skip to Main Content
Subscribe to receive a free eCookbook! Sign Up!

Bibingka Recipe

Enjoy this easy and simple Bibingka recipe, a classic Filipino rice cake that will surely bring you the Filipino Christmas feels!Easy Bibingka RecipeDecember is here and Christmas is just around the corner! In the Philippines, Christmas season usually starts a tad earlier.

People start to decorate as soon as the ‘-ber’ months arrive. That means you can start hearing Christmas songs as early as the first day of September. 

Where we live, you will also start seeing the bright and colorful lanterns along the streets and in front of many houses. Well, that is really no wonder because, San Fernando, Pampanga prides itself on being the Christmas Capital of the Philippines and the Home of the Giant Lanterns. 

Another sign that Christmas is near is the many delicious traditional Christmas food! 

One of the best seller at this time of the year is the Bibingka!

Traditionally, it is made from freshly milled rice (galapong) and coconut milk or water. It is then cooked or baked using clay pots heated with charcoals at the top and bottom.

This is still done up to this day by the Bibingka or kakanin seller with various stands along the streets. I should take pictures next time I am out to buy some. Enjoy this easy and simple Bibingka recipe, a classic Filipino rice cake that will surely bring you the Filipino Christmas feels! | www.foxyfolksy.com

How to make BibingkaBut this Bibingka recipe is, of course, the easier version and baked in my oven. 

It took me three trials before I was able to achieve what I think is good enough and worth sharing on this blog.

In the first round, I used purely rice flour and it turned out to be too grainy and crumbly. Then I decided to add a bit of flour to soften the texture.

It was almost a success but it was still a bit too dry. I tried to remember how the batter from our bibingka vendor looked like and I remembered thinking how runny the batter was. So I increased the liquids and I think it is a bullseye!

Bibingka

By the way, I used a similar aluminum mold I used to make Mamon. They are just the right height and size but any oven-safe shallow pan should do.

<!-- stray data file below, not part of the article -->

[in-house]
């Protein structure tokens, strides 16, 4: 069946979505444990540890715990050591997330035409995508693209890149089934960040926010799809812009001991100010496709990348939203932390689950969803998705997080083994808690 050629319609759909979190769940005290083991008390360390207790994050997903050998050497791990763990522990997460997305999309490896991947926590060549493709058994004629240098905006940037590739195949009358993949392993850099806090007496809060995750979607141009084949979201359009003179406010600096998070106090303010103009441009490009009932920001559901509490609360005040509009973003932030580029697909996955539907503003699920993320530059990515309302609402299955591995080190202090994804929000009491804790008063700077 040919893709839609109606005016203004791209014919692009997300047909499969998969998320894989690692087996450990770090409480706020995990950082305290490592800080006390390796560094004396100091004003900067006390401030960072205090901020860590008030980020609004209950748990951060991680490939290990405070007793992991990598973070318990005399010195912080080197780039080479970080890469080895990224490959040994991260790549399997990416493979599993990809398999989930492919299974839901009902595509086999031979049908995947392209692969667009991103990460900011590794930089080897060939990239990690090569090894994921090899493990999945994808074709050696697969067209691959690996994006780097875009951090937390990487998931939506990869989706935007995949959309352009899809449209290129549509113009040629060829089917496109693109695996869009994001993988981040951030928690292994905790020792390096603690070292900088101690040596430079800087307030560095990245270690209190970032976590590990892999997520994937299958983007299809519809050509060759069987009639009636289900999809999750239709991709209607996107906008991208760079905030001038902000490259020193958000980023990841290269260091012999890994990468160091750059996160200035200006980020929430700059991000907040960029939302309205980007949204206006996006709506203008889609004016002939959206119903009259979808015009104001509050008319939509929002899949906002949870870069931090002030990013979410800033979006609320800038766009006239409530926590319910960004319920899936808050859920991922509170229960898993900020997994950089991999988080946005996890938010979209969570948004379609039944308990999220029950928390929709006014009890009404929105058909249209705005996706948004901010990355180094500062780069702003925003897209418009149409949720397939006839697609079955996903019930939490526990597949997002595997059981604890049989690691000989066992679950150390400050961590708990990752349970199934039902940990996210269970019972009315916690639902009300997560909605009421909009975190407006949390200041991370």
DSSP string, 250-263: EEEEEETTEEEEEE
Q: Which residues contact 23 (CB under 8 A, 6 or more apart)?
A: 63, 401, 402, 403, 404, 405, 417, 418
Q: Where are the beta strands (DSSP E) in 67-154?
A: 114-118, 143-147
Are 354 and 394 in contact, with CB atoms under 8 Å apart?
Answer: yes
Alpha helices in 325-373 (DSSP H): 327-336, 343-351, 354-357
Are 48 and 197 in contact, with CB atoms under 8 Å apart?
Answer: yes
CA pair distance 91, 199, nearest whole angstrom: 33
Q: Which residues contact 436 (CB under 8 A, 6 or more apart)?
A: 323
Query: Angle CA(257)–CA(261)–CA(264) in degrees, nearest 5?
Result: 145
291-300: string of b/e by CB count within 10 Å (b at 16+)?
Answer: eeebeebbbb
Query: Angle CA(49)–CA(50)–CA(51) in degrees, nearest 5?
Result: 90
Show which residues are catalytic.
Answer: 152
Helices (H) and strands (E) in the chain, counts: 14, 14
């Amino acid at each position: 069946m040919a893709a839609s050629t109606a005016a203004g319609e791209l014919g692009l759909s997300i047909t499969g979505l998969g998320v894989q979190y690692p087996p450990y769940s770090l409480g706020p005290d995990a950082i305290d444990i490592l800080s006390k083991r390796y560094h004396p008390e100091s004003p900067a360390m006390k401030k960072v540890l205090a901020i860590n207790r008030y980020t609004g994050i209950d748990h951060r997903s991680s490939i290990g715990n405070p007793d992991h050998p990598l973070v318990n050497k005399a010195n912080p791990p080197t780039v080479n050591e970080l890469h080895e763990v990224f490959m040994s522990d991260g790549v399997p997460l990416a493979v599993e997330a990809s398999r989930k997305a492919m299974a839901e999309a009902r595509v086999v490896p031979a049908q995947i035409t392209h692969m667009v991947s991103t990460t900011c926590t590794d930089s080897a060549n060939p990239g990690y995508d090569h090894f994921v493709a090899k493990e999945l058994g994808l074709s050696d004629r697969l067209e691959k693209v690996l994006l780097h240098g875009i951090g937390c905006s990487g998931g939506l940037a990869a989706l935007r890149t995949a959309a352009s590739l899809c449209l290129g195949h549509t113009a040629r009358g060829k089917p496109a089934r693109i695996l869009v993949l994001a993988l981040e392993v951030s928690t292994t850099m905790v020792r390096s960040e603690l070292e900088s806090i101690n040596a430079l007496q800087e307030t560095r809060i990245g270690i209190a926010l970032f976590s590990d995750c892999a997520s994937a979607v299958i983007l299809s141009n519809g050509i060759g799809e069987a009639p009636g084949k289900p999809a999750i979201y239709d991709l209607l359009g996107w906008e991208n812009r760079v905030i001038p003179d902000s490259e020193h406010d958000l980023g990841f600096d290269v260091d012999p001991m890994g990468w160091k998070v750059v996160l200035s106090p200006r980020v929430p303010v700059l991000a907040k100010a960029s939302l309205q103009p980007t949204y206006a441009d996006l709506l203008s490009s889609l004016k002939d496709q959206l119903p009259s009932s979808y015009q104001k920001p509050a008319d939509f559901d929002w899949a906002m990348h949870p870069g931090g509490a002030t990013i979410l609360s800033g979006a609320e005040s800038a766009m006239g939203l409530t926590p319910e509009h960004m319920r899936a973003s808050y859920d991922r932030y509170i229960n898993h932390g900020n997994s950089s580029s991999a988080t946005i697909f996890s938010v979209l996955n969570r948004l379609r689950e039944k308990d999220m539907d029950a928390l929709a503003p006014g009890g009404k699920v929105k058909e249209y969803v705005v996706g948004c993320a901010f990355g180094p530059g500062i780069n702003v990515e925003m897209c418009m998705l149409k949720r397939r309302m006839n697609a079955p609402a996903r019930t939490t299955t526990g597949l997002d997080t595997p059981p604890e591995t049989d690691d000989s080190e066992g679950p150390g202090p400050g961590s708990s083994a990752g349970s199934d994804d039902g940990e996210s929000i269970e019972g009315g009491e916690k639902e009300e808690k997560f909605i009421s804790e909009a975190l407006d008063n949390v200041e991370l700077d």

Armin loves it but since he only had Bibingka on two separate occasions since we got back in the Philippines, I thought of looking for more qualified critics.

So, I brought some to my parents and asked them for feedback. Papa loved it! Mama, unfortunately, has a new set of dentures and cannot eat anything at the moment (whew!) so two out of two sounds to be a good score. Make that three, including me!        

This Bibingaka recipe was actually requested by one of our readers, Mylene who works in Doha, Qatar. I bet you are missing our Bibingka from home so here you go and I hope you like it! Bibingka

WANT MORE RECIPES? Subscribe to our newsletter and follow us on Facebook, Pinterest and Instagram for all of the latest updates.

Easy Bibingka Recipe
4.91 from 10 votes

Bibingka Recipe

Enjoy this easy and simple Bibingka recipe, a classic Filipino rice cake that will surely bring you the Filipino Christmas feels!
Print Rate
Course: Dessert,Snack
Cuisine: Asian,Filipino
Keyword: bibingka
Servings: 4
Calories: 453kcal
Author: Bebs
Prep Time: 10 minutes
Cook Time: 15 minutes
Total Time: 25 minutes

INGREDIENTS

BATTER:

  • 1 cup rice flour
  • 1/4 cup all-purpose flour
  • 1/2 cup sugar
  • 3/4 cup fresh milk
  • 1/4 cup water
  • 2 teaspoons baking powder
  • 1/4 teaspoon salt
  • 4 tablespoons vegetable oil
  • 1 egg

TOPPINGS:

  • grated cheese
  • grated coconut
  • 1 salted egg - - cut into 8 to 12 thin slices
  • butter - - melted at room temperature for brushing

INSTRUCTIONS

  • Cut circles from the banana leaves for lining the pans. It should be double the size in diameter of the pans/molds or enough to cover the bottom and sides with a bit of excess as they tend to shrink when heated. Cut another batch of banana leaves for the top cover. Rinse and pat dry the banana leaves. Run each leaf quickly over the fire to make them limb and pliable.
  • Line the pans/molds with banana leaves and brush them with butter. Set aside.